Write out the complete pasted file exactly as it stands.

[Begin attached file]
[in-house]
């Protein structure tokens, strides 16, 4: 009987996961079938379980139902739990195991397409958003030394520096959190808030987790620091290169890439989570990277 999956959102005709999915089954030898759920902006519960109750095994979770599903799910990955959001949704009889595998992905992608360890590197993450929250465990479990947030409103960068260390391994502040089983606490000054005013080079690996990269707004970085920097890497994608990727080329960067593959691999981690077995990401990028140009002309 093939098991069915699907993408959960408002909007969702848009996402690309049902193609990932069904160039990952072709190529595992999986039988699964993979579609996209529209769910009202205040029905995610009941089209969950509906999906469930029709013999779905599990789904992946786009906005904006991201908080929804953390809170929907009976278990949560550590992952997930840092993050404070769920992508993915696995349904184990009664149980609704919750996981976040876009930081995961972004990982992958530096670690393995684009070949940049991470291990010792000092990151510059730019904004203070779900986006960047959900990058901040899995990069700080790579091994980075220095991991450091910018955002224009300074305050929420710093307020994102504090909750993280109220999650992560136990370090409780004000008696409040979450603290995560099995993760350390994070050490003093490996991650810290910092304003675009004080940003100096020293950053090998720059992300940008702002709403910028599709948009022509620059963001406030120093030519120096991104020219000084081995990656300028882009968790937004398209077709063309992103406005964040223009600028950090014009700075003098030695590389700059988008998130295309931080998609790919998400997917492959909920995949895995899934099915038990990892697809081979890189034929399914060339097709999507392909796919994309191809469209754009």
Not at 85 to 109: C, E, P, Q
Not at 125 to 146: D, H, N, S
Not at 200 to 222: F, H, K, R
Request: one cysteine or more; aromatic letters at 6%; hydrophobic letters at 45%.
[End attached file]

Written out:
[in-house]
């Protein structure tokens, strides 16, 4: 009987996961079938379980139902739990195991397409958003030394520096959190808030987790620091290169890439989570990277 999956959102005709999915089954030898759920902006519960109750095994979770599903799910990955959001949704009889595998992905992608360890590197993450929250465990479990947030409103960068260390391994502040089983606490000054005013080079690996990269707004970085920097890497994608990727080329960067593959691999981690077995990401990028140009002309 093939098991069915699907993408959960408002909007969702848009996402690309049902193609990932069904160039990952072709190529595992999986039988699964993979579609996209529209769910009202205040029905995610009941089209969950509906999906469930029709013999779905599990789904992946786009906005904006991201908080929804953390809170929907009976278990949560550590992952997930840092993050404070769920992508993915696995349904184990009664149980609704919750996981976040876009930081995961972004990982992958530096670690393995684009070949940049991470291990010792000092990151510059730019904004203070779900986006960047959900990058901040899995990069700080790579091994980075220095991991450091910018955002224009300074305050929420710093307020994102504090909750993280109220999650992560136990370090409780004000008696409040979450603290995560099995993760350390994070050490003093490996991650810290910092304003675009004080940003100096020293950053090998720059992300940008702002709403910028599709948009022509620059963001406030120093030519120096991104020219000084081995990656300028882009968790937004398209077709063309992103406005964040223009600028950090014009700075003098030695590389700059988008998130295309931080998609790919998400997917492959909920995949895995899934099915038990990892697809081979890189034929399914060339097709999507392909796919994309191809469209754009």
Not at 85 to 109: C, E, P, Q
Not at 125 to 146: D, H, N, S
Not at 200 to 222: F, H, K, R
Request: one cysteine or more; aromatic letters at 6%; hydrophobic letters at 45%.